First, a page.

It isn’t about changing your entire life and repressing old habits, but working with your brain and the realities you have. Habits are things that we do so often that, to our brains, they become automatic. First, we need the courage to admit to our bad habits. Then, it takes patience to unlearn things, retrain the brain and learn new habits. 

Be kind to yourself.

Your Routine, Your Plan

Some things can’t be changed, like washing and eating. So write down your current routine or, if you lack one, your duties (work, children, medication…). Write down only the necessities.

Example: Current Routine:
8am: alarm, check What’sApp and social media
8.15get up, open the curtains, shower, hair, getting dressed
8.40make a coffee and breakfast, settle in to start working from home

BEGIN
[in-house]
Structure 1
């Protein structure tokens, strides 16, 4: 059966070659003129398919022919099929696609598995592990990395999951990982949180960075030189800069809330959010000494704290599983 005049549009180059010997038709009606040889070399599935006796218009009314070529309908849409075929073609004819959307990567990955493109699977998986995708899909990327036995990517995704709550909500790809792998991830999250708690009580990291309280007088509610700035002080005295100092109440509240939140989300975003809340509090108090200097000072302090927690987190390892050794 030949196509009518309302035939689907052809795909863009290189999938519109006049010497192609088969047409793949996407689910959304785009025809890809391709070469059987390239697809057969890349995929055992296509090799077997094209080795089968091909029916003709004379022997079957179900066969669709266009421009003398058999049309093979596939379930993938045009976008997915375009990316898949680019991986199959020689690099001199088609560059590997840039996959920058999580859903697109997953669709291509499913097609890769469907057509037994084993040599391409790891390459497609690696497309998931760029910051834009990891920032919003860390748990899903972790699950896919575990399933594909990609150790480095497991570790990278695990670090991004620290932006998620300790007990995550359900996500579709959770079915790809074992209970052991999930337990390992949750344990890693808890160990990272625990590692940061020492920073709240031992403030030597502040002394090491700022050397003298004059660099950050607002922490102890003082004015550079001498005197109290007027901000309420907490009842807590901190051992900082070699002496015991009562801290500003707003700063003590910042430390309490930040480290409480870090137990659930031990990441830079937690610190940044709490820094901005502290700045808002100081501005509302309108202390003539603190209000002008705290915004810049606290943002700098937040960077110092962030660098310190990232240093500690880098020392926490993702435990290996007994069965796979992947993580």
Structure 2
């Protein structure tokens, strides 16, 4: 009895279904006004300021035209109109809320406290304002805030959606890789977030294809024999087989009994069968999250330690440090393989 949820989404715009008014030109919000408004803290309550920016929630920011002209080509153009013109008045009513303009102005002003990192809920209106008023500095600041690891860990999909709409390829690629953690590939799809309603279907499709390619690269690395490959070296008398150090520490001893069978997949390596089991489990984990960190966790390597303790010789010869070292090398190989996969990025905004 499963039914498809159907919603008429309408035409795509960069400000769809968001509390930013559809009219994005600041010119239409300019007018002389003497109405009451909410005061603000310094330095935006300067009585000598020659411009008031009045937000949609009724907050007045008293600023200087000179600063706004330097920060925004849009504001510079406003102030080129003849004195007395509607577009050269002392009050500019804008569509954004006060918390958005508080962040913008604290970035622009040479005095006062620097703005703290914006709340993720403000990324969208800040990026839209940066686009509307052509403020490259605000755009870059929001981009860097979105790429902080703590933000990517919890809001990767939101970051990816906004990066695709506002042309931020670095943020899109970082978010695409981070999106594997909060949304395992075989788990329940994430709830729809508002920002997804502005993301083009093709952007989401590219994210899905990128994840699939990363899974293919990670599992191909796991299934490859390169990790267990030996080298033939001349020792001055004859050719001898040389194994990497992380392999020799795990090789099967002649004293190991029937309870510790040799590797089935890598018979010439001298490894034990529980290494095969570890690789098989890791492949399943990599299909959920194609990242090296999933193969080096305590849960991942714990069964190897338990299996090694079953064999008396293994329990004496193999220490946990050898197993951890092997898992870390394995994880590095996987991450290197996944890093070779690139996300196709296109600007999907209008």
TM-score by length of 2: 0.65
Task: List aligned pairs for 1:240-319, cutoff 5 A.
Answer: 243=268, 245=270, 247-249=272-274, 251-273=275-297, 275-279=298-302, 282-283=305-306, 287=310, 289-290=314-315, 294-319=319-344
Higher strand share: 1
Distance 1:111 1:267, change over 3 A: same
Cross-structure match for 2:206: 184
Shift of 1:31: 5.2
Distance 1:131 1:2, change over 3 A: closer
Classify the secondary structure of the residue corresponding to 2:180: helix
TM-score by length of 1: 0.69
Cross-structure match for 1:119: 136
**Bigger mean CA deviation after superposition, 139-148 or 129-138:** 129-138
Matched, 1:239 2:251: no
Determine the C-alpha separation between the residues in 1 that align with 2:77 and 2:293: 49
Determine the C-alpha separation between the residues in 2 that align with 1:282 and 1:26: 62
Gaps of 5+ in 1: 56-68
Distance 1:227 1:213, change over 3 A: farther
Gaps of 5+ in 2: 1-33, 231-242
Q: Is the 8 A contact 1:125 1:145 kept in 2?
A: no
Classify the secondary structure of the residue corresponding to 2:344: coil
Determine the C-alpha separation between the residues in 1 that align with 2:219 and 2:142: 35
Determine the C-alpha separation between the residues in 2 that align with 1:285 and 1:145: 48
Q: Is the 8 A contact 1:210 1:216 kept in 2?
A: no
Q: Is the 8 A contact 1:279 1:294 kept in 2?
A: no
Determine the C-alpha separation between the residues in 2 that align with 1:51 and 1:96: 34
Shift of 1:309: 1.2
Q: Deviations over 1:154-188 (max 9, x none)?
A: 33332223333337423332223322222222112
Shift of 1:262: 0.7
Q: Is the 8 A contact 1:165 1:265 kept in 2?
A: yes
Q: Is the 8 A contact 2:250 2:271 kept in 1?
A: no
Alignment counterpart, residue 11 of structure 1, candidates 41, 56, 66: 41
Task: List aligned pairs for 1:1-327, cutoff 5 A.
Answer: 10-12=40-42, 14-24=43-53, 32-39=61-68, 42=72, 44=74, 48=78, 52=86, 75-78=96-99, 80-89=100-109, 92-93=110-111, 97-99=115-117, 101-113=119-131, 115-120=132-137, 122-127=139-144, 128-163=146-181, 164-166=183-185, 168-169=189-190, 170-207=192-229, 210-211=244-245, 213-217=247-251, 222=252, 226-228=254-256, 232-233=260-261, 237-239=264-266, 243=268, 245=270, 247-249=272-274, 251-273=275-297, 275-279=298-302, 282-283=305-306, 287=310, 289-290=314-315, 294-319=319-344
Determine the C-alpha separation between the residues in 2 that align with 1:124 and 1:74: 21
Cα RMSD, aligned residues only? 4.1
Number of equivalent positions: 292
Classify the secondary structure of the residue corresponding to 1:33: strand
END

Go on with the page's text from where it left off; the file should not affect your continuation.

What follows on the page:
9am-1pm: work
1-2pm: make and eat lunch
2-5.30pm: work
5.30 -7.30pm: Spanish class (Tuesday)/yoga class (Wednesday)/dance class (Thursday)/homework/cleaning (other days)
7.30 – 9pm: make and eat dinner
9- 11pm: watch a series, film or read a book
11pm: go to bed

 

What you can adjust or work around to make (more) time for yoga, meditation or a mindfulness practice?
Create a clear picture. Highlight the things that always happen and the things that need to happen.

Example: Current Routine:

 
8amalarm, check What’sApp and social media
8.15: get up, open the curtains, shower, hair, getting dressed
8.40: make a coffee and breakfastsettle in to start working from home
9am-1pmwork
1-2pm: make and eat lunch
2-5.30pmwork